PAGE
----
Spicing up Swift


In 2015, I ate a hot pepper and talked about Xcode. After a four-year cool-down, I’m back with seven painful, agonizing tips and tricks for Swift developers. Some of the finer points are a little hard to make out in the video, so here they are in writing as well. Bon appétit!


SwiftLint is a tool that looks for style and formatting mistakes in your code. It helps reduce your time spent arguing over aesthetic minutiae, so you can focus on the things that matter. Take this code, for example:

There’s nothing technically wrong with it, but a few details could be nicer. Let’s let SwiftLint do the tedious part for us. Here’s what it finds wrong with the above code:

Each of those lines is now a conversation that doesn’t need to happen. SwiftLint can even autocorrect some of these issues for us at compile time. For the rest, it shows warnings right in Xcode, allowing us to fix them before our teammates ever see them.

Bonus SwiftLint Tips

A. Pin SwiftLint Version

If we use CocoaPods to manage dependencies, we can use it to specify which version of SwiftLint to use. This does double duty: it ensures that everyone on our team is using the same version, and it means that our teammates don’t have to figure out how to install SwiftLint on their computer separately. We just stick this in our Podfile:

We can also simplify the build script that the SwiftLint documentation recommends, since we no longer have to check whether SwiftLint is installed:

B. Lint Strictly on Build Server

If we run a continuous integration server, we may want to configure SwiftLint to fail the build if it finds linting violations. We can do this by passing --strict to the SwiftLint command. However, this can be cumbersome for local development, because in-progress code often has style issues, and cleaning them up is usually the last step before committing.

We can have the best of both worlds, though. The trick is to find out whether our build server has any environment variables that let us determine whether the current build is occurring on a build server or on a developer’s local machine. For example, several hosted build services set an environment variable called $CI. We can use this in our Xcode project where we run SwiftLint:

Now we get nice warnings when we’re developing locally, but they will never sneak past code review.


There are several ways to initialize and configure properties in Swift. Let’s examine a few of them.

Separate Initialization and Configuration

Consider this snippet of code from a view controller:

We construct a UILabel on the line where the label property is declared, and then in viewDidLoad, we set the text color and font. This is the most straightforward approach, but it separates instantiation from configuration.

Immediate Closure Application

This one can look confusing at first, until we observe the () at the end of the declaration. We can read this code as “set the label property to the result of calling this closure that returns a UILabel.

Now, we have everything grouped together, instead of having some things at the property declaration and some things in viewDidLoad. This is especially nice when we’re setting values that will never change. We can’t ensure that the color and font won’t ever change again, since UILabel is a class with reference semantics, but we can more clearly convey our intent with this setup: this color and font are part of the initial state of this label.

However, this approach is also wordier. We have to mention UILabel twice, we always pair a let label = with a return label, and every single line of configuration has to mention label again. Let’s look at an option that reduces some of this redundancy.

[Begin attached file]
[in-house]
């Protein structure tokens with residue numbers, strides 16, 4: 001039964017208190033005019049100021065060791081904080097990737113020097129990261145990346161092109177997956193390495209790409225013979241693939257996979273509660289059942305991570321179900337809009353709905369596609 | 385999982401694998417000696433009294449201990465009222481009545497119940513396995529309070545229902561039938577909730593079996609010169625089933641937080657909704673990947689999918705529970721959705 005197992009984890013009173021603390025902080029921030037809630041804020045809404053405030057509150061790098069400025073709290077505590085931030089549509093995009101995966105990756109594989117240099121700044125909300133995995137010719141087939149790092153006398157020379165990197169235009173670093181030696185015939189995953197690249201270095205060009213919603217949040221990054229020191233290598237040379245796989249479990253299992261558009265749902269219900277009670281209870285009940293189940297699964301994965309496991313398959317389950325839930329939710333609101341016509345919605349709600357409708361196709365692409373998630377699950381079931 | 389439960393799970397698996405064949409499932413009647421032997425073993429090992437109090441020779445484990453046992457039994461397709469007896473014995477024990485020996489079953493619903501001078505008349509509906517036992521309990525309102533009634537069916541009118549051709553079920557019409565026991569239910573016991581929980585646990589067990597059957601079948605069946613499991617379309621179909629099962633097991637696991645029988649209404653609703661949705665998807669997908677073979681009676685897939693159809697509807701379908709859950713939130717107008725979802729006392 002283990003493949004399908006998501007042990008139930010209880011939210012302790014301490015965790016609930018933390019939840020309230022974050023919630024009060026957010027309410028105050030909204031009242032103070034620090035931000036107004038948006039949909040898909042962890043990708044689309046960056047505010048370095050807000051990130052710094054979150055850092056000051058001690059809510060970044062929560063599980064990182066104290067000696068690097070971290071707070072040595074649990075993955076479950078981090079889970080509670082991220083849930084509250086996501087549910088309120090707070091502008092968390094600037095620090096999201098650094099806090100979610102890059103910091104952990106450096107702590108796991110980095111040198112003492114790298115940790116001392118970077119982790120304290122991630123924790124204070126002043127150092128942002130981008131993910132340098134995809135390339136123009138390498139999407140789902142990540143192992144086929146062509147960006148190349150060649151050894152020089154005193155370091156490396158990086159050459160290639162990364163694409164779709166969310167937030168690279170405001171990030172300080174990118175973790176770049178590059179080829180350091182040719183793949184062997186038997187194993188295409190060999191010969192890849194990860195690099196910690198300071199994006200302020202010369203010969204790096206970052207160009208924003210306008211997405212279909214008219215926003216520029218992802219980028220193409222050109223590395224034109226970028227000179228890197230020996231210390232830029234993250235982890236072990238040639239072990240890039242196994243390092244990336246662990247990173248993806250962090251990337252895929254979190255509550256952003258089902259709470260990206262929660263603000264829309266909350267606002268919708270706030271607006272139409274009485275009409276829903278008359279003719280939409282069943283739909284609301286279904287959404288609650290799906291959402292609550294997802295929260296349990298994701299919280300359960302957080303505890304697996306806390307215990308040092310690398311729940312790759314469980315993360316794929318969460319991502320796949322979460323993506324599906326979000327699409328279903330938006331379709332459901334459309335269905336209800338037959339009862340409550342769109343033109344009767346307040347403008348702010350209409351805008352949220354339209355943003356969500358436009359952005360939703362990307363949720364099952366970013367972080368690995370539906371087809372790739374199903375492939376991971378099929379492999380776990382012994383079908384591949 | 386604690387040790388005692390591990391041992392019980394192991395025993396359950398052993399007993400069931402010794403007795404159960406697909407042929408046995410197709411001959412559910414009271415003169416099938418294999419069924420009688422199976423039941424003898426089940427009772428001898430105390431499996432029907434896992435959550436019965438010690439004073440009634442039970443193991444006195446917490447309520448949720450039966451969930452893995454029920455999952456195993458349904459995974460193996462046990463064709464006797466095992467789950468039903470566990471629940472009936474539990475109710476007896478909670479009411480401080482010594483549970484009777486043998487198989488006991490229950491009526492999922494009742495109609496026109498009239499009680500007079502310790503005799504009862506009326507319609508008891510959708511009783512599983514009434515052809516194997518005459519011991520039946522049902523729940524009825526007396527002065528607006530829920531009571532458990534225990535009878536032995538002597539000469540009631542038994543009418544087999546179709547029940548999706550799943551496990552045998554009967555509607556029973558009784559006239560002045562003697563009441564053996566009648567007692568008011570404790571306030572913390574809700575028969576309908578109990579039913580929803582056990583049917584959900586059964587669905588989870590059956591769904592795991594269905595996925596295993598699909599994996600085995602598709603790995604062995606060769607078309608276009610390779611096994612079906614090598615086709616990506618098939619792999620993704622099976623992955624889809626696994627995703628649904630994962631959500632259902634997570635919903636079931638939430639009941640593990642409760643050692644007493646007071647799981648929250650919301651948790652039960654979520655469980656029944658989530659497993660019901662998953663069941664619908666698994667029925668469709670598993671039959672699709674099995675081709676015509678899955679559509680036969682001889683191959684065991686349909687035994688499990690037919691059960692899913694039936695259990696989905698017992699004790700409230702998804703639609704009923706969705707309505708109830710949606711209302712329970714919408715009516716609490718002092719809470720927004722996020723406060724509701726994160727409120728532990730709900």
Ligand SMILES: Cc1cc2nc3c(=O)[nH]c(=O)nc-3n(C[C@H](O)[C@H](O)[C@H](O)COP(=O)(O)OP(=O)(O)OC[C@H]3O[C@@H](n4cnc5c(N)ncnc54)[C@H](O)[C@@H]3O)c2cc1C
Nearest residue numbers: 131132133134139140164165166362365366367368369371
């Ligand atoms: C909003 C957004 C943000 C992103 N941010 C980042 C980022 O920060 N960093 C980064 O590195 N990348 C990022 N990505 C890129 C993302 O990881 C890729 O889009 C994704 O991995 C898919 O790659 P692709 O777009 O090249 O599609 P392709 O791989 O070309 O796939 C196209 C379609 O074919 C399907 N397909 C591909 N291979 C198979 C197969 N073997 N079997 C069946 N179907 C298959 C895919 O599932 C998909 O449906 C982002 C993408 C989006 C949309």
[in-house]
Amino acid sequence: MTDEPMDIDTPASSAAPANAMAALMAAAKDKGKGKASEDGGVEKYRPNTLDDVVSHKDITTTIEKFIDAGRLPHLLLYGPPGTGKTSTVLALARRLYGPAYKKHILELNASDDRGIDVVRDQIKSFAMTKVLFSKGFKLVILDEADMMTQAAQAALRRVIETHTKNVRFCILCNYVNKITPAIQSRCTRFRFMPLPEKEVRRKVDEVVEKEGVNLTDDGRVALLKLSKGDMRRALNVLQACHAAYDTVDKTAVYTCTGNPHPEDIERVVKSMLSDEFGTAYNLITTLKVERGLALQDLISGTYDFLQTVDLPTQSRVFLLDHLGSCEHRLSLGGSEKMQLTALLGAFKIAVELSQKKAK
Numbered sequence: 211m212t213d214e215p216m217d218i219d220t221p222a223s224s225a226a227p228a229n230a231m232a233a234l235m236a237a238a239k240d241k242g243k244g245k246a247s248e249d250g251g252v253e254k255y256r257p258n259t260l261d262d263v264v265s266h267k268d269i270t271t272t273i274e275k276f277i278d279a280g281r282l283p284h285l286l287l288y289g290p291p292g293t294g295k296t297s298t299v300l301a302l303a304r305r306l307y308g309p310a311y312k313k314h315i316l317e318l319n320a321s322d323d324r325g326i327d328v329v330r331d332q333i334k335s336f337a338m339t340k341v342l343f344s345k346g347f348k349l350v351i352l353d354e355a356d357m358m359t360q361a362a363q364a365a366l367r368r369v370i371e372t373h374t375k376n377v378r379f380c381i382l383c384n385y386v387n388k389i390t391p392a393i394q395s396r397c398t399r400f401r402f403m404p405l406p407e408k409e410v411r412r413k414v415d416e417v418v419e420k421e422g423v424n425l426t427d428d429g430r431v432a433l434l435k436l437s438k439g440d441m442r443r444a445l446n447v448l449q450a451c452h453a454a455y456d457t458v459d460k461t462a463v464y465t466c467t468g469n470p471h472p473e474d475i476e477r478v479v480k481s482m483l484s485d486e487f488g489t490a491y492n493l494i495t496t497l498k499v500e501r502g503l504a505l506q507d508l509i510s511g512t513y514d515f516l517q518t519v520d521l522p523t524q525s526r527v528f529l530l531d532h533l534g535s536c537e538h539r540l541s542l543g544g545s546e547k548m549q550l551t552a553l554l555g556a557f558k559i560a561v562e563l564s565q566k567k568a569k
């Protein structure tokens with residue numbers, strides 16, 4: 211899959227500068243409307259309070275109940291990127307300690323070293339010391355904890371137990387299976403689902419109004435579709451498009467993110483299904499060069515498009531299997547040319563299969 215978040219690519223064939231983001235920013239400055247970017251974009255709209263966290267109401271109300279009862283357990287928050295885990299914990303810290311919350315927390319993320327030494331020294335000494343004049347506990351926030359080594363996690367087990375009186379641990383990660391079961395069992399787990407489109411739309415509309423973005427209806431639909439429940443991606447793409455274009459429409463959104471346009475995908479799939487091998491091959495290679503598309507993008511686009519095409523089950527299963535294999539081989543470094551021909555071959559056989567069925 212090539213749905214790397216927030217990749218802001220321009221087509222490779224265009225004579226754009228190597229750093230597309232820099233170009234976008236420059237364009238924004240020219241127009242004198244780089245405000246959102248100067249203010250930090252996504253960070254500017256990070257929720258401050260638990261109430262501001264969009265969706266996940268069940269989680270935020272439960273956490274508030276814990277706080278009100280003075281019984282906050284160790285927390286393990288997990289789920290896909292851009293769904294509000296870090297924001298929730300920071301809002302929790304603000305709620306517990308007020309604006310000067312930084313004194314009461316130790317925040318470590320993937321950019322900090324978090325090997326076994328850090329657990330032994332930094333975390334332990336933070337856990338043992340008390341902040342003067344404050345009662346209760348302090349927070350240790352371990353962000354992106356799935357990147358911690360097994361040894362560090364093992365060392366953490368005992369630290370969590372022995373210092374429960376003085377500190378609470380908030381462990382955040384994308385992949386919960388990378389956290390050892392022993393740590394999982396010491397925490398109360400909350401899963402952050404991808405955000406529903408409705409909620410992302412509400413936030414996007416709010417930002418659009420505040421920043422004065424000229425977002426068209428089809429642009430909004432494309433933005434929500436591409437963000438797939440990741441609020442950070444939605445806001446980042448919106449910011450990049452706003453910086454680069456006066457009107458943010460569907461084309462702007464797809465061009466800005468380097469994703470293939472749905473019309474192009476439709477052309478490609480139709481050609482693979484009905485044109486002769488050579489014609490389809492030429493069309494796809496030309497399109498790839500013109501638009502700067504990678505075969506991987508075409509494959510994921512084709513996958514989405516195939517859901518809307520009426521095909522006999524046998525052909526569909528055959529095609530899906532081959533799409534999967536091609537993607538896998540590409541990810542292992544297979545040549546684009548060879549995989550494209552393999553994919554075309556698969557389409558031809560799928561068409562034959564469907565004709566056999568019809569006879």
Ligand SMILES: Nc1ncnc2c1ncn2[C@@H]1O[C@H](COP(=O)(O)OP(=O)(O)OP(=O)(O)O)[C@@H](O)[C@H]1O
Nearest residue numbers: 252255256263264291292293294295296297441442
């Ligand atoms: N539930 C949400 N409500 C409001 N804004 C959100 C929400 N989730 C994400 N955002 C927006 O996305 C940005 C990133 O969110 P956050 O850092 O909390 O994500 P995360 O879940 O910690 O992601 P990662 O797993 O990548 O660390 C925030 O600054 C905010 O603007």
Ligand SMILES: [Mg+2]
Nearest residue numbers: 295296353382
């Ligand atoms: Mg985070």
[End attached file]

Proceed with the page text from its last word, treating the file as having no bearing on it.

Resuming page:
Too-Clever-By-Half Initialization

It’s similar to the prior one. The trick here is that we pass a new UILabel instance at the end of the code block, as a parameter to the closure. This is clever, but hard to read. It leads the eye on a merry clockwise chase around the code, and is probably not a good idea in code that will be read by other people.


We can use a function to help us get the conciseness of the above example, with the clarity of the earlier ones. The code is pretty simple, so we can either write it ourselves or use the tiny Then library.

Here is the same code with that sweet, sweet syntactic sugar:

Advantages of this method:

  • Initial value before configuration.
  • option to use $0 to cut down on wordiness.
  • No repetition of label or UILabel.
  • Only configuration inside the closure; no need to instantiate or return anything.

Disadvantages of this method:

  • It can only be used with classes or with types that you conform to the Then protocol. This is because you can’t write an extension on the Any type in Swift, so we can’t write extension Any: Then.


If the disadvantages of Then are a dealbreaker, we can write a variation called with. It’s a free function, and you can pass any value or reference type into it:

If Case Let

Optional binding is a great way to enjoy the safety benefits of Swift’s optionals without ending up with a pyramid of doom. However, if we need to bind a non-optional value in the middle of an optional chain, we’ll run into a problem. Let’s look at an example:

We will get an error on the let address = person.address line:

🛑 Initializer for conditional binding must have Optional type, not ‘Address’

The error is because the address property of Person is non-optional, and optional binding works only on optional values.

The fix is unintuitive: add the case keyword to the line, and it will silence the error:

We’re used to seeing case show up with its partner, switch, so it’s weird to see it alone like this. However, the syntax makes more sense when we consider that it’s just a small part of Swift’s larger pattern matching syntax. It feels more at home if we think of it as a simplified version of this example from BonMot:

(Swift’s pattern matching syntax still looks weird, though. The = feels like it should be ==, and it feels like the left and right sides of the expression should be reversed. This is a common source of confusion for new and experienced Swift programmers alike.)